Sheep – introduction

Information about the physical and behavioural characteristics of sheep.

Varietal range differences

Breeds commonly used in Australia can be divided into the following categories:

  • Merino and Poll Merino bred specifically for wool (ultra fine, super fine, fine, medium and strong)
  • Short Wool including the Poll Dorset, Ryeland and Suffolk
  • Long Wool including the Border Leicester and Lincoln
  • Dual Purpose Breeds including the Corriedale, Dohne Merino, Polwarth and SAMM (South African Meat Merino)and traditional first cross (Merino x Border Leicester)
  • Carpet Wool including the Drysdale and Tukidale
  • Terminal breeds including White Suffolk, Poll Dorset and Texel
  • Shedding breeds include the Wiltshire Horn, Dorper and Australian White.

Schools that wish to maintain a sheep enterprise need to select a breed suitable for their local climatic conditions, availability of shearers and accessibility of markets for any outputs. Schools are encouraged to keep plain bodied sheep that do not need mulesing.

Breeds of sheep

Breeds of livestock

Image: For production purposes, humans have selectively bred sheep that are polled. The absence of horns further decreases the ability of sheep to defend themselves from predators.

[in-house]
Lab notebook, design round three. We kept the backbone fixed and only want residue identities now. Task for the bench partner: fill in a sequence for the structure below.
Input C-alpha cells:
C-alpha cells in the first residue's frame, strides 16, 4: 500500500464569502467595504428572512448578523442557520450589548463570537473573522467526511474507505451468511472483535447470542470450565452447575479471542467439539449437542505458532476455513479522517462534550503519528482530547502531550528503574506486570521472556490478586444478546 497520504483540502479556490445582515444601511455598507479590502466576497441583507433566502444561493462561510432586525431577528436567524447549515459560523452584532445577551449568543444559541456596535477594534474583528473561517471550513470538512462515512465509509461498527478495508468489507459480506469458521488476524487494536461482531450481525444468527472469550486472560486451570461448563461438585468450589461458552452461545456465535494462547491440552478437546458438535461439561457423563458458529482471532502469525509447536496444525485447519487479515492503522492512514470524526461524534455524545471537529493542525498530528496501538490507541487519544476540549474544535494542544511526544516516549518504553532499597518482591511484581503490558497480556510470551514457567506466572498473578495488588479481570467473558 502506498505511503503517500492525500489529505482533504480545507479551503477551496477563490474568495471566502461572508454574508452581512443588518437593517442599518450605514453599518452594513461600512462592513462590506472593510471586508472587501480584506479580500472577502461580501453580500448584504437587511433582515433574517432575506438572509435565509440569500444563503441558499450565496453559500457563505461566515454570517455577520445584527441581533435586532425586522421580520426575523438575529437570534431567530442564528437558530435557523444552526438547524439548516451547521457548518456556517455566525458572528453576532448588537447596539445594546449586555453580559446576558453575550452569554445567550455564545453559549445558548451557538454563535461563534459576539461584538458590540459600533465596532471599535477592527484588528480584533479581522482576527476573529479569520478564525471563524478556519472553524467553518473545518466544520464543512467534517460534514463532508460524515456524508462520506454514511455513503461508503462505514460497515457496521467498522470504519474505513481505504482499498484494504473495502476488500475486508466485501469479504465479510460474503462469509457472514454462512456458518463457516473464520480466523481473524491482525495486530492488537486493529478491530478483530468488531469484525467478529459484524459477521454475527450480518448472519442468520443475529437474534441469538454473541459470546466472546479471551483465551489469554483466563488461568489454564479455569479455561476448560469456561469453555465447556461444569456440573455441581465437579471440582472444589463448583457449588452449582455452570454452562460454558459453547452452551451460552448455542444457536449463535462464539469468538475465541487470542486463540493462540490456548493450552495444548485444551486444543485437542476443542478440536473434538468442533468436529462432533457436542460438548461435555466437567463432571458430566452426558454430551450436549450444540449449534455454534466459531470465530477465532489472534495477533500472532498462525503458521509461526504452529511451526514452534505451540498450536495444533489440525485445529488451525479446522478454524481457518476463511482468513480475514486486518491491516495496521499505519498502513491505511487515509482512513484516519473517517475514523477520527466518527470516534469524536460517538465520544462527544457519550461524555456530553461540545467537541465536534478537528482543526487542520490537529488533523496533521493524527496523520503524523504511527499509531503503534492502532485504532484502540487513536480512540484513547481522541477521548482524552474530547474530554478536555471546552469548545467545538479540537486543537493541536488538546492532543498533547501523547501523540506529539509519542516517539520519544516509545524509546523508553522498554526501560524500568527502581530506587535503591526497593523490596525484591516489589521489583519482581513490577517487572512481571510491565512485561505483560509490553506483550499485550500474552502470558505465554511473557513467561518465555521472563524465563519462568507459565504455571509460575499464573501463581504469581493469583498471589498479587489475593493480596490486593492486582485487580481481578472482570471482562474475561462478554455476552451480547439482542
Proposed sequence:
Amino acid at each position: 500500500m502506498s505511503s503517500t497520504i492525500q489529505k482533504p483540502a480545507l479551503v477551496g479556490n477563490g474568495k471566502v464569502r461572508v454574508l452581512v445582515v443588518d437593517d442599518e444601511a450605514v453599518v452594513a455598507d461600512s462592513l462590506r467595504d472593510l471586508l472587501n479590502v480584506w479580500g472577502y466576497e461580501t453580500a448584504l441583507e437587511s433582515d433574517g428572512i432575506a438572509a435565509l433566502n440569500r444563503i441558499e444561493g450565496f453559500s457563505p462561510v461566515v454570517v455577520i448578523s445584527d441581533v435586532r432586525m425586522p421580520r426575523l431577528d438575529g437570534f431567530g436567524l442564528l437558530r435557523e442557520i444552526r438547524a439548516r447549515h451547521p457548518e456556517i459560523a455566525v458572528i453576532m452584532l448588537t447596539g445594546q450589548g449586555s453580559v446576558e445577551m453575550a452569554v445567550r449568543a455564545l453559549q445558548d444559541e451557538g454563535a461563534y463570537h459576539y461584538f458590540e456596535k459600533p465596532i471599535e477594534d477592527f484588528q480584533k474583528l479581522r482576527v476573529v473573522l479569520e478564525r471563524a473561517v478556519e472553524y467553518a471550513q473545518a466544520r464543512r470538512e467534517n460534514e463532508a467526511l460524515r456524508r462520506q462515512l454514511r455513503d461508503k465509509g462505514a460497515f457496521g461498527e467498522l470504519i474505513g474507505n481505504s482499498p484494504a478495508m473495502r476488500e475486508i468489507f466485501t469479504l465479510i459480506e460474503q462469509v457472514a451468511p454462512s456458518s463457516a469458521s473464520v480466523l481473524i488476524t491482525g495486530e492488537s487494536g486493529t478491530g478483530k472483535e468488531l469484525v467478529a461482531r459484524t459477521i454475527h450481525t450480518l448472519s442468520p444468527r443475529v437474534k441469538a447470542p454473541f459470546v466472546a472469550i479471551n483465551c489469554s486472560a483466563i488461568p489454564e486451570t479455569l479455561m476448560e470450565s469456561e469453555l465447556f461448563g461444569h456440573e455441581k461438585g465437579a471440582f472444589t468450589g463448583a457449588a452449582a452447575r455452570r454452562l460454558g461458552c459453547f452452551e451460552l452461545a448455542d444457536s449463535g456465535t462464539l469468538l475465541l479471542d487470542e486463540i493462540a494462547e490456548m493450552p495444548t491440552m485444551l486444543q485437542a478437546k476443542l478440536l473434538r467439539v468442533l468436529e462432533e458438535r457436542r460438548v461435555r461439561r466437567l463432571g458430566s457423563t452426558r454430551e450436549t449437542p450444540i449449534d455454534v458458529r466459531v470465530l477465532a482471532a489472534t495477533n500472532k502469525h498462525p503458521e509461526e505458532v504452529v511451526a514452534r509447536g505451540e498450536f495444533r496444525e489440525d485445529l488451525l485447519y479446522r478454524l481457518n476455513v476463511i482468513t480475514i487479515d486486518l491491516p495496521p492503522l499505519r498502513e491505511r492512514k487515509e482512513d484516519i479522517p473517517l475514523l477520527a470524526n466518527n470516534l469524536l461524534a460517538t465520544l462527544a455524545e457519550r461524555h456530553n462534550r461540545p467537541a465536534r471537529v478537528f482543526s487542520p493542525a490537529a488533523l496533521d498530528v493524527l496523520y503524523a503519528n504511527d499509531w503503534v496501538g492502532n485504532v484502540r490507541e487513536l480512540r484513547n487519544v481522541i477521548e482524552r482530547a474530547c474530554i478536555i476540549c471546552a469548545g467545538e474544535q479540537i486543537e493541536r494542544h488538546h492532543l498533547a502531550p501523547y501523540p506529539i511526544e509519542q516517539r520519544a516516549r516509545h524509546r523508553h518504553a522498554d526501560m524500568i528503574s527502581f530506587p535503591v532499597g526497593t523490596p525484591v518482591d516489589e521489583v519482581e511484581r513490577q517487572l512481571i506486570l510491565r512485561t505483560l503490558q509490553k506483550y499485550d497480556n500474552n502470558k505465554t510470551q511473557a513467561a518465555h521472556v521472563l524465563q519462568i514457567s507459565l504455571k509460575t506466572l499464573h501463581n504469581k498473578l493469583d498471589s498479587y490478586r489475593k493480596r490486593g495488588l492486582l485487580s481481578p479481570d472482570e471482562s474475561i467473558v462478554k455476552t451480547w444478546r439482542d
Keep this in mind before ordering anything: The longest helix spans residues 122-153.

Physical characteristics

Characteristic Details

Measured at the shoulder

  • Small framed fine wool merinos: 60cms
  • Medium framed strong frame Merinos and Suffolks: 75cms
  • Large framed Border Leicester: 90-95cms.
Weight Varies with breed. 35-90kg but up to 150kg for breeding rams.
Age at adult size Approximately 2 years.
Weight at birth

Dependant on breed.

  • Merinos: 3.6-4.1kg
  • Others: 4.1-5.1kg

This is an approximate. The weight is dependant on the age of the ewe, feeding regime of the ewe, breed and whether it is a single or multiple birth.

Gestation period 150 days
Number of offspring Normally a single lamb, except multiple births are common in breeds specifically bred for reproductive performance such as Booroola, Poll Dorset, Border Leicester/Merino cross and Maternal Composite breeds. The Finn breed are noted for very high fecundity, often producing “litters” of lambs (up to six!).
Range of breeding ages Puberty varies from 8-12 months with breeds such as Border Leicesters /Merino cross maturing earliest and having an extended breeding season. Most ewes are mated for the first time when they are 15-18 months of age.
Weaning age 3-5 months
Healthy characteristics
  • Rectal temperature: 38.9°C
  • Heart Rate: 75/min
  • Respiration Rate: 16/min


Sheep have eyes on either side of their heads enabling them to have a wide field of vision, ranging from 191–306°, depending on the amount of wool on their head. This characteristic is typical of prey species. This is in contrast to predators that have eyes on the front of their heads.

The area to the side of the animal that is viewed by one eye is known as panoramic vision, in contrast to the narrow area in front of the animal where two eyes are used and known as binocular.

Image: Sheep field of vision